In the news, July 24

Archbishop Charles Chaput of Philadelphia says the "right wing of the church...generally have not been really happy" with Pope Francis.

Though I think it's safe to say they are more enthusiastic about Pope Frank, the folks are Jesuit Refugee Services are less happy with the Australian government's dumping of refugees in Papua New Guinea

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W.Y.D. opens in Copacabana as security concerns for the safety of Pope Francis are raised. And here's a WYD podcast from Vatican Radio, the full text of the pope's welcome ceremony and the latest on WYD from the Jesuit Post.

In South Sudan, the international community should do more to stop the L.R.A. leader, Joseph Kony.

Mark Silk looks askance at clerical culture in Newark.

At the Vatican, Nobel Peace Prize winner Mairead Maguire says, "Non-violence and dialogue are the only path to peace" in Syria.

In China, the Catholic community comes to the aid of earthquake victims and a parish priest in Baja California was killed in his home in the city of Ensenada.

And stayed tuned for our tweet-to-tweet coverage of Anthony Weiner, the continuing scandal--NOT!

 

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The latest from america

Native American protestors hold hands with parishioner Nathanial Hall, right, during a group prayer outside the Catholic Diocese of Covington on Jan. 22, 2019, in Covington, Ky. (AP Photo/John Minchillo)
The furor over a chance meeting between Catholic high school students and Native American protesters underscores the need to listen and learn from indigenous voices.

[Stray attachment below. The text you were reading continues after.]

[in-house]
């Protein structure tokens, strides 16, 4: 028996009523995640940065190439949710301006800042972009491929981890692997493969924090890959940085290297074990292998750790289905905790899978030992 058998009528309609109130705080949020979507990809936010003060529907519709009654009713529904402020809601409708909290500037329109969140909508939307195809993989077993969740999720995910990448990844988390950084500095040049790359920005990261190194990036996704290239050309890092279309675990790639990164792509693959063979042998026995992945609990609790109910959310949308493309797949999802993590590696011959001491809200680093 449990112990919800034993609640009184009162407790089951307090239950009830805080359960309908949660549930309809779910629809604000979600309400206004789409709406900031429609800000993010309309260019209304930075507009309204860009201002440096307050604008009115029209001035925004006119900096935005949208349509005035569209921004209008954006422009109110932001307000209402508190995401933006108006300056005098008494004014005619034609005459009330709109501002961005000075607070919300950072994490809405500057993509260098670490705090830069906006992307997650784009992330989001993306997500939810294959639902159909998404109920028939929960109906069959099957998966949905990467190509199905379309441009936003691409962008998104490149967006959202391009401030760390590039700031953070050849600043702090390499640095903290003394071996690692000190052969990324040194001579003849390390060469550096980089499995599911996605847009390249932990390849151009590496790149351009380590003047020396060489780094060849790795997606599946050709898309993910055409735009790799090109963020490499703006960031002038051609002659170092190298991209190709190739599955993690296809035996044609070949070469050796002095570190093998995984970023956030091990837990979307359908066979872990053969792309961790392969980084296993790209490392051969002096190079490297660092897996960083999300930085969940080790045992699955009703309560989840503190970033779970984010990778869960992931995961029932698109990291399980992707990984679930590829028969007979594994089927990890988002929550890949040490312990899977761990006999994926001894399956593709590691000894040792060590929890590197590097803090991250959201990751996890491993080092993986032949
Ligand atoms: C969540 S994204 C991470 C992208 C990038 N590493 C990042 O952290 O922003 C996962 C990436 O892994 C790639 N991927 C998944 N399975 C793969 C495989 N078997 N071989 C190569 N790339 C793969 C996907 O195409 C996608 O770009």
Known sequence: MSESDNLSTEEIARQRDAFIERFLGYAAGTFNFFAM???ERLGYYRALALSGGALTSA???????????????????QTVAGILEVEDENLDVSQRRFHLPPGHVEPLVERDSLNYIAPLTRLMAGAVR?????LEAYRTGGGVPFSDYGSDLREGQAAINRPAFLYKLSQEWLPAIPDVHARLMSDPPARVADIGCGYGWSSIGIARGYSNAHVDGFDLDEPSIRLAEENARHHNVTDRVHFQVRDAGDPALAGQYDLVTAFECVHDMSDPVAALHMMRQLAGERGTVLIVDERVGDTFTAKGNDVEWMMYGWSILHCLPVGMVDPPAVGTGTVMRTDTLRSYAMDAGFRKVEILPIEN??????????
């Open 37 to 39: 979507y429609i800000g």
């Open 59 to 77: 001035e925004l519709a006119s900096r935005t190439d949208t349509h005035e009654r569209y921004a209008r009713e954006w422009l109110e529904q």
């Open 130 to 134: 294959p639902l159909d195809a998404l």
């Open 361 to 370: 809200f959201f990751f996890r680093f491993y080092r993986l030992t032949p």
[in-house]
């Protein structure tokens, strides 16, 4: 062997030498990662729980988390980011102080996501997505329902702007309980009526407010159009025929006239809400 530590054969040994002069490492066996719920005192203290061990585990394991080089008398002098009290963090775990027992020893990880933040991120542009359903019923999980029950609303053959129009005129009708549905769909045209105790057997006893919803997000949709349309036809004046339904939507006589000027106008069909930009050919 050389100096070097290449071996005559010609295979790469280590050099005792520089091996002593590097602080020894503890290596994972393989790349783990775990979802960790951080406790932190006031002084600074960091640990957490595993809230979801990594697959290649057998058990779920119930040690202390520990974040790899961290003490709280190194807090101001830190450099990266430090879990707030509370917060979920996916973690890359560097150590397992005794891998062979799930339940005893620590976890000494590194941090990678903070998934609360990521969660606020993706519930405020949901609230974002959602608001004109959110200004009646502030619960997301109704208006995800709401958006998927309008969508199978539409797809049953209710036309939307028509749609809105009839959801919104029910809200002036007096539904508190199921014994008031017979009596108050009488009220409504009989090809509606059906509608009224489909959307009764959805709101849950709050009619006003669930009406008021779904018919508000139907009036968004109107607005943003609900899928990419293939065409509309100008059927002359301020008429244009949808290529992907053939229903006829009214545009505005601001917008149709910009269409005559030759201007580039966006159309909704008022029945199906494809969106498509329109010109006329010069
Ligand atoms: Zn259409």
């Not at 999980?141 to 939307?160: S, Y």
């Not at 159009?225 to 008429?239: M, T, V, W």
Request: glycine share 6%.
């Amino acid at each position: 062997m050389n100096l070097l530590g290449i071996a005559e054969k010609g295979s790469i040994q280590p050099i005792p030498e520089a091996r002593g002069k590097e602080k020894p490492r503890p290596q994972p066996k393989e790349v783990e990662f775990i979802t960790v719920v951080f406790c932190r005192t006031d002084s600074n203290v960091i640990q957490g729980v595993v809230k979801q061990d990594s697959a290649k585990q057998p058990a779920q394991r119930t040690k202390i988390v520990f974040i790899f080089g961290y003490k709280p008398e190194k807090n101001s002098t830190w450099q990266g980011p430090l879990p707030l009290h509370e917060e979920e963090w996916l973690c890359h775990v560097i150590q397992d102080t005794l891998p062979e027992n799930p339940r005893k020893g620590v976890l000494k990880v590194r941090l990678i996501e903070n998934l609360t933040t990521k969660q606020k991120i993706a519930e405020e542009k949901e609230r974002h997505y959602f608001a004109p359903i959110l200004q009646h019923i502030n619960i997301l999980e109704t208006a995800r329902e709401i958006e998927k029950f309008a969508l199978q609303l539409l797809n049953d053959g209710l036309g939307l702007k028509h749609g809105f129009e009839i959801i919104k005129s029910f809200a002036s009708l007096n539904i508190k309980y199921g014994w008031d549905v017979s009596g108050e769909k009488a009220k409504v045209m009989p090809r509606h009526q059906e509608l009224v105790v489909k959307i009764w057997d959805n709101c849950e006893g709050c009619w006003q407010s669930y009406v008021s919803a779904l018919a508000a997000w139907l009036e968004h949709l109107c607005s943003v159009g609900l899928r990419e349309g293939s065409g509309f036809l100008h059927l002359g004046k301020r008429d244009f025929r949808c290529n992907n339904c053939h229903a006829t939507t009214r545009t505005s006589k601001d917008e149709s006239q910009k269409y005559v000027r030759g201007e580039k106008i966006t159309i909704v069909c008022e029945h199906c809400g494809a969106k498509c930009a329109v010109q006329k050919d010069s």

Marlene LangJanuary 23, 2019
The staggering parliamentary defeat for Prime Minister Theresa May, seen here leaving 10 Downing Street on Jan. 23, pushed the country even further from safe dry land. (AP Photo/Alastair Grant)
After the stunning defeat of Theresa May's exit deal, Scotland is looking anew at independence, and the U.K. government fears economic disaster.
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Michael Osborne, a film director, documents the damage from a mud slide next to his home in Los Angeles on Jan. 18, after three days of heavy rain. (AP Photo/Damian Dovarganes)
The conceit of California-as-disaster-movie is ridiculous. But maybe watching our fires and mudslides helps other states consider both their own fragility and their underlying strength.
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A commitment to religious liberty demands that effort be devoted to resolving, rather than exacerbating, any real or apparent tension between religious obligation and civil duty.
The EditorsJanuary 23, 2019